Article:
On our ‘Young Farmer’ series, Kevin talks to a Roscommon native who is an A.I Technician and sheep, beef and suckler farmer, Mr. Colin McLoughlin. Read his story in full below.
Name - Colin McLoughlin
Age - 28
Farm - Sheep, Suckler and beef finishing farmer.
Born and raised near Tibohine in Co. Roscommon, Colin McLoughlin has been involved in agriculture for what is now the majority of his 28 years.
The soon-to-be father of two and husband of one originates from a family of suckler and sheep farmers, with his father, James, having always kept livestock. James had kept sheep at one stage, before changing his system and gearing it more towards the suckler herd and beef cattle.
“My father is a butcher all of his life and has been farming too, that is sort of how we got into it”, Colin explained to That’sFarming’s Kevin.
“Between the two of us, we split the farming duties...My dad used to keep a lot of sheep one time, but he got out of them eventually.” he added.
Together Colin and his father now run a herd of suckler cows side-by-side, while also fattening breeding heifers and finishing young bulls and bullocks for slaughter. This is not where Colin’s foray into agriculture ends either, as he also runs his own flock, works in Aurivo in Ballaghaderreen and is an A.I. technician for Bova A.I.
“It was always a career in agriculture I wanted.”, he stated.
Colin admits that he is still lucky to be involved within the industry and alive after a recent slurry agitating accident on his farm saw him lose a number of cattle and nearly his own life. The farmer was getting slurry emptied from his farm when he got a call to say a number of his stock had fallen due to fumes. Upon arrival, Colin entered the housing facilities and almost immediately collapsed due to the toxic fumes. Thankfully, however, he lived to tell the tale but warned others of the dangers associated with farming.
“I was very lucky.” he advised.
Journey in agriculture to date -
Having always had a grá for the industry, Colin’s official journey began with agriculture upon completing a green certificate in Mountbellew Agricultural college back in 2007/2008. This set Colin on a career path, where agriculture is the one and only subject.
“When I started farming we got a bit more intensive. I started farming myself in 2008.” said Colin.
Following the completion of his green cert, Colin went onto purchase some land in his home county in 2011, while also renting some further land, but only after working as a boner in Dawn Meats for a four year period from 2008.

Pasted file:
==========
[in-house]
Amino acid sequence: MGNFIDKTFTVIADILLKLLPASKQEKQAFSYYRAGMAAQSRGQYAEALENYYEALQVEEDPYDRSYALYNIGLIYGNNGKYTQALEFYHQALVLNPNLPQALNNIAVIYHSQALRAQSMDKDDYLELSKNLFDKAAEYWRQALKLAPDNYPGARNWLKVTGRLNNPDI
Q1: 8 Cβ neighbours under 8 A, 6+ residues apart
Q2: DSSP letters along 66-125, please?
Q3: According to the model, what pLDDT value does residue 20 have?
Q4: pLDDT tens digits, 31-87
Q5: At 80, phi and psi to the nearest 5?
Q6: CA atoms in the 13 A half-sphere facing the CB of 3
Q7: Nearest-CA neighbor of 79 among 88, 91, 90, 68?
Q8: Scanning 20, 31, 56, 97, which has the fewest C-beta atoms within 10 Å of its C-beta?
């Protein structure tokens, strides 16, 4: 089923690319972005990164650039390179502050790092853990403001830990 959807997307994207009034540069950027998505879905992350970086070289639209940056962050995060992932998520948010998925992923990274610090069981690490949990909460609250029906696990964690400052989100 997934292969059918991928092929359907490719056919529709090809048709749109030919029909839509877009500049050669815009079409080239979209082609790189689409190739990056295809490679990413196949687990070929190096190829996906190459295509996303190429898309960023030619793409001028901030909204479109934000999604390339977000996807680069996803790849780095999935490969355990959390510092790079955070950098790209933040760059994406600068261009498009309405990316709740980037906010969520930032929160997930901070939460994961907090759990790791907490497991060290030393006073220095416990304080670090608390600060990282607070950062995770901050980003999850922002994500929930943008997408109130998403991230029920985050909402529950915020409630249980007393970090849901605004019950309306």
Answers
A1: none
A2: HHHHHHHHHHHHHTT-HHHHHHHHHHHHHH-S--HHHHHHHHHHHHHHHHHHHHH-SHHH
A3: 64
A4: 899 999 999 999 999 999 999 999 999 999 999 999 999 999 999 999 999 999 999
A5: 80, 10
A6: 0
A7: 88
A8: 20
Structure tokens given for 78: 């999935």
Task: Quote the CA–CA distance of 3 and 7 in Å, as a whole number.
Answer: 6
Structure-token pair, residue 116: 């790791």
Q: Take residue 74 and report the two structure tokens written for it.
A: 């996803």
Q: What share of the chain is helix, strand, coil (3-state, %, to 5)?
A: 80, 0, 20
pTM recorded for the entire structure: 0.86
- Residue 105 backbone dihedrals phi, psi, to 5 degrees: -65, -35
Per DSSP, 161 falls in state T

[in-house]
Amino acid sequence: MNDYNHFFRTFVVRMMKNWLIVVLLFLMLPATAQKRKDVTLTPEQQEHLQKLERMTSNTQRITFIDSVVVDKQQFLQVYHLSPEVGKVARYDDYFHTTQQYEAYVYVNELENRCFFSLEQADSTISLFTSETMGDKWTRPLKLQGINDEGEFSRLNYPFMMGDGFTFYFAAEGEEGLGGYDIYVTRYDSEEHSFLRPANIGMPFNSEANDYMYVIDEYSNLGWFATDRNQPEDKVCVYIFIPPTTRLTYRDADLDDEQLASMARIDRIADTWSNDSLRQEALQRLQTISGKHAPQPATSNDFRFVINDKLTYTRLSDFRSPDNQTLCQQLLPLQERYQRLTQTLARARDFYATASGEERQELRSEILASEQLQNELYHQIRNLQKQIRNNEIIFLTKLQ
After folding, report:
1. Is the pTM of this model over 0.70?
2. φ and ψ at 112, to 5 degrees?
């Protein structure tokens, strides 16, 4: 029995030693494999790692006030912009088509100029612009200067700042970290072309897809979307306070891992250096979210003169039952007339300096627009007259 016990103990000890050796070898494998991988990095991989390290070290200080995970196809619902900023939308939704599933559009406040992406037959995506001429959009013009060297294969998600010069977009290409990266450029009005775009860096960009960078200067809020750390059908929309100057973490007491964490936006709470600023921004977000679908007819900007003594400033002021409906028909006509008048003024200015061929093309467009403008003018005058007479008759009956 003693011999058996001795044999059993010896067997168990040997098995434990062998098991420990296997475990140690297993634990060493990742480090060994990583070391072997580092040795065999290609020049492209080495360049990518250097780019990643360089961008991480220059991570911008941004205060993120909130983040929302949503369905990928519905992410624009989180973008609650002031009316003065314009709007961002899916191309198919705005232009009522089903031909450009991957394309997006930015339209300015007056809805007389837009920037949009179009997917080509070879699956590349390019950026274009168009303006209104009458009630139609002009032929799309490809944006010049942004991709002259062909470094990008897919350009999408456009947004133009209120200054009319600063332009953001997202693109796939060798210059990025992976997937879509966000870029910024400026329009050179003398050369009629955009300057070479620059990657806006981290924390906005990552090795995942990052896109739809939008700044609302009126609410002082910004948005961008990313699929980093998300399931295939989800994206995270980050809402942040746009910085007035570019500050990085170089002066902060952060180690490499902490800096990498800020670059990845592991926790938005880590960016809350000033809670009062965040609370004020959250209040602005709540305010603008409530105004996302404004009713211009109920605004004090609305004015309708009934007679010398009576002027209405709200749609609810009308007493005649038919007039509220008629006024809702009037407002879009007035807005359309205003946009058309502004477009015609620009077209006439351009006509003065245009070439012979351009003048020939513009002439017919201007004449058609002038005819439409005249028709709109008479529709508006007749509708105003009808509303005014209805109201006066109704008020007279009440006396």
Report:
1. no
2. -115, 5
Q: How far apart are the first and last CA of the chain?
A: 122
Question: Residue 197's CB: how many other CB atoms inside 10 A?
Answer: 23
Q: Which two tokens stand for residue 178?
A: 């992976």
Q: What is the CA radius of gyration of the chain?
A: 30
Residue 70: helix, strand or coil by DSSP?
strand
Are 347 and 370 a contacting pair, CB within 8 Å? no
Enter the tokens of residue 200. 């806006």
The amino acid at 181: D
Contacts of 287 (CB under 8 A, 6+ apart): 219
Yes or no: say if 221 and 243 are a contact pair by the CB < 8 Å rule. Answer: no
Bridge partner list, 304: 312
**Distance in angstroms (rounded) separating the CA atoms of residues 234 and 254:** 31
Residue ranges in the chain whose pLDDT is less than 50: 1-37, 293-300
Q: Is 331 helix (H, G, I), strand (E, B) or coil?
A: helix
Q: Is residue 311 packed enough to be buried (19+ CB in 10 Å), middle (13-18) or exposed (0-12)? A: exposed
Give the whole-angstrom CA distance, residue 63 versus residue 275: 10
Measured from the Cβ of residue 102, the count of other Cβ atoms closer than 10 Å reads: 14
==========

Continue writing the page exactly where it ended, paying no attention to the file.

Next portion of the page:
Colin only farms part-time at present, as he also has two other jobs on the go, both in agriculture. He works off-farm during the days with Aurivo in Ballaghaderreen, where he operates one of the driers.
“I work off-farm in Aurivo Dairy Ingredients in Ballaghaderreen.” he said.
“I operate the driers, as we dry powder milk.” he continued.
Colin’s other job sees him spending his evenings and any spare time working as an A.I. Technician for Bova A.I.
“I would be doing in the region of 800-900 cows per year. I cover maybe a 15-mile radius from my home base.” he noted.
Colin’s A.I. journey began over ten years ago in 2007 when he started carrying out Artificial Insemination “D.I.Y” style. He then carried out a training course with Jimmy Quinn at Meadow Meats in Rathdowney.
“I also run a vasectomised bull business as well, where I sell them and lease them.” Colin told Kevin.
“I raise the bulls myself, mainly Friesian, and they normally go for sale or hire. This time of the year I usually sell them off if someone is interested, or if not, I run them on for finishing.” he adds.
Picture below of the teaser team.
Farm System -
As mentioned, the McLoughlins run a herd which is a mixture of beef and suckler cattle and this is run on their 220-acre holding.
“I am farming on my own about 110-acres and my father is farming roughly the same.” Colin noted.
“My father breeds a few pedigree Blonds as well.” said Colin.
The McLoughlin’s entire herd consists of approximately 170 cattle, all varying from Charolais, Limousine and Belgian Blue breeds. In the suckler herd, Colin has 19 suckler cows of his own, while his father calved down 27 this year. The rest of the herd is made up of breeding heifers and young bulls and bullocks for beef.
“We finish the young bulls and bullocks ourselves. We finish the bulls usually anywhere between 18-24 months” he noted.
“I supply a few local butchers with heifers as well and lambs too.” Colin said.